Teen-Age “Status Symbol”?
◆ Betty Schwartz, a social welfare executive from the U.S., recently told an Ontario, Canada, conference on family planning that for many girls a baby born out of wedlock becomes “living proof that you have made it sexually; therefore you have made it as a human being.” According to the New York Post, she said that having such babies was becoming a “status symbol” for girls in their teens. Miss Schwartz reportedly said that communities need to “unsell babies as a status symbol for young adolescents.” Of course, no such “status symbol” exists among true Christian youths, for they realize that godly persons must “keep abstaining . . . from fornication.”—Acts 15:28, 29.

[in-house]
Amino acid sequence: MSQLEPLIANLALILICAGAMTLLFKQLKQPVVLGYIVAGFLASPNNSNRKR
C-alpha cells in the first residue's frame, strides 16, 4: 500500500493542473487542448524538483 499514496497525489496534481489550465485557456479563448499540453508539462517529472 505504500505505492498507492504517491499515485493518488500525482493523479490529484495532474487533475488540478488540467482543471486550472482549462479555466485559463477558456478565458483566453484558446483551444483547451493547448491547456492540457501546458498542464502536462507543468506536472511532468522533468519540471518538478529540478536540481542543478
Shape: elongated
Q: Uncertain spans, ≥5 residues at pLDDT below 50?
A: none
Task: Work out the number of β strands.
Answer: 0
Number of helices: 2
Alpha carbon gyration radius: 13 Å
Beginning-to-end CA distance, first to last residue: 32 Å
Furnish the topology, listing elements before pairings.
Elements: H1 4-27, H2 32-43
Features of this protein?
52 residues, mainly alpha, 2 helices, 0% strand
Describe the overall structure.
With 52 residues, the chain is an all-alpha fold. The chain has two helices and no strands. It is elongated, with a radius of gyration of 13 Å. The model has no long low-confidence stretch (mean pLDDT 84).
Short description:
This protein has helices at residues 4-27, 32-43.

“Desecration of the Sabbath”
◆ By a narrow margin of 55 to 48 votes, Israeli Prime Minister Yitzhak Rabin’s coalition government survived a no-confidence motion on December 14. His government had been accused of “desecration of the sabbath” because of a welcoming ceremony on Friday, December 10, for three American-made fighter planes. The ceremony ended just 17 minutes before the beginning of the Jewish sabbath and many could not drive their cars home before it began. Driving on the sabbath is not permissible for religious Jews.
Coffee and Caffeine